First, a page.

Most people answered that they plan their garden for themselves and that it's an escape for them. The last thing many seemed to want were kids, animals, neighbors, etc. in their garden.

I always plan my gardens to be beautiful and bring in lots of beneficial insects, birds, etc...but mainly as a place for my nieces/nephews to enjoy the garden and become inspired to someday want to garden themselves. They aren't always old enough to do much work, but they love looking at the plants (and looking for fairies LOL) as they walk around the beds.

If you don't invite them into the garden and make it welcoming...no one, kids, bugs, birds, neighbors, etc. are going to want to spend time there or notice all the hard work and beauty of your garden :)

This may not apply here, but I just thought I'd mention it...


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"Josh just made me feel old -- he's the same age as my parrot, Sammy.
:-P
~Christopher"

Sigh. I have some cacti I grew from seed who could be his grandfather. (Well, of course he'd have to be a member of the Cactaceae.)

I of course could only be his brother. ;-/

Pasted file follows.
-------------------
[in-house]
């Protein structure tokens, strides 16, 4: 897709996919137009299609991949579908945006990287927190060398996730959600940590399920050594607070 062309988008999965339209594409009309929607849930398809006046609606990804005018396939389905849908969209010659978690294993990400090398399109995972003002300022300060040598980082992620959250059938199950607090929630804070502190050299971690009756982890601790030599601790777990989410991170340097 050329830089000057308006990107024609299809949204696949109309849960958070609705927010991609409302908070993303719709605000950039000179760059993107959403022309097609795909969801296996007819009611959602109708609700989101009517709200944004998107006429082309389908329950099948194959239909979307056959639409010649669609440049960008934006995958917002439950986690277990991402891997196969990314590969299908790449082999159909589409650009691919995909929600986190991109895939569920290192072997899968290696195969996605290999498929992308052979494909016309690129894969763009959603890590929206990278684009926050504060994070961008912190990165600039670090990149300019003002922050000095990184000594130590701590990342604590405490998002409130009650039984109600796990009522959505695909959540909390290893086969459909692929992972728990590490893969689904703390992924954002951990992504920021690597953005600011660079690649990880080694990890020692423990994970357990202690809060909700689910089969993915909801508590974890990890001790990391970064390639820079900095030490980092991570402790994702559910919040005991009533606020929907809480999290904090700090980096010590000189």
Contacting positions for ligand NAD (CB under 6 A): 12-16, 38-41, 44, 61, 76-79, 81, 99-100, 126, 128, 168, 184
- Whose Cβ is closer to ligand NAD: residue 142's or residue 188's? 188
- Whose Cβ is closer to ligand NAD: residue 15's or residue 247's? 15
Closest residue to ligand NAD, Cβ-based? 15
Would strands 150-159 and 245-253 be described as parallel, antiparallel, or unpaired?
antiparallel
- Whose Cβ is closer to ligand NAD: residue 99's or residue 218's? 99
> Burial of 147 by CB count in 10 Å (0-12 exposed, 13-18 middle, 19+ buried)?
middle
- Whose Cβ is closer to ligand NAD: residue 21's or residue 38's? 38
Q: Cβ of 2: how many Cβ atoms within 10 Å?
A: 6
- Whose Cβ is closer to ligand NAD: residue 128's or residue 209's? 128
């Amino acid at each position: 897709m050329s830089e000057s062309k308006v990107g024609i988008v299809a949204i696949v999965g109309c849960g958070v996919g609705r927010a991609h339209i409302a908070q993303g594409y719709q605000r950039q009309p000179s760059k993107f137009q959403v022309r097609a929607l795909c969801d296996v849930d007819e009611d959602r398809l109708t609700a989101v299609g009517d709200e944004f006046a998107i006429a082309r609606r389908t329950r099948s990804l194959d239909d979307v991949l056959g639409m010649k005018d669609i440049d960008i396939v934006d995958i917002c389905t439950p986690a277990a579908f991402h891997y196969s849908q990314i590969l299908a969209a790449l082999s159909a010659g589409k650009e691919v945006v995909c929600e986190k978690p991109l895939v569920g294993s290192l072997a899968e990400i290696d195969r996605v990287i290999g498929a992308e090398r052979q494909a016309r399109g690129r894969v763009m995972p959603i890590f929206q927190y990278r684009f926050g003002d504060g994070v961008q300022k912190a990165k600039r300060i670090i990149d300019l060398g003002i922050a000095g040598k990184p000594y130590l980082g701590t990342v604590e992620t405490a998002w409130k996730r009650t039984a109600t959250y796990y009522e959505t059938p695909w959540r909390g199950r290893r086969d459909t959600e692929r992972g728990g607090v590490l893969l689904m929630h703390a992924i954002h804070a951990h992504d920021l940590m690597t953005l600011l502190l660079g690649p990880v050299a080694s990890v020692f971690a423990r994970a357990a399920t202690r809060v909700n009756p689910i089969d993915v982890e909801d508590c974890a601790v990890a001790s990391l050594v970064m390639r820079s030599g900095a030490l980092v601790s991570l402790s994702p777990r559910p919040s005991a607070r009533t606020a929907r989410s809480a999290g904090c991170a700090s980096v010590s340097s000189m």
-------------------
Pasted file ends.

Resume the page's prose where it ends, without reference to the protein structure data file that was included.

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RE: Are we educating people to love plants?

Unfortunately I believe a good many people believe roses to be environmentally 'unfriendly.'

We are late to home ownership, buying a house only a couple years ago, in our early thirties. The trend with people I know is largely veggies or natives. It seems there are two extremes, either the shrubs and manicured lawn crowd or the organic veggie and natives crowd with little in between.

Roses are perceived as something that must be constantly sprayed with toxic chemicals. For the lawn and shrub people, they are too much maintenance as usually those maintenance teams charge more for roses, for the veggie and natives crowd they are a manmade abomination.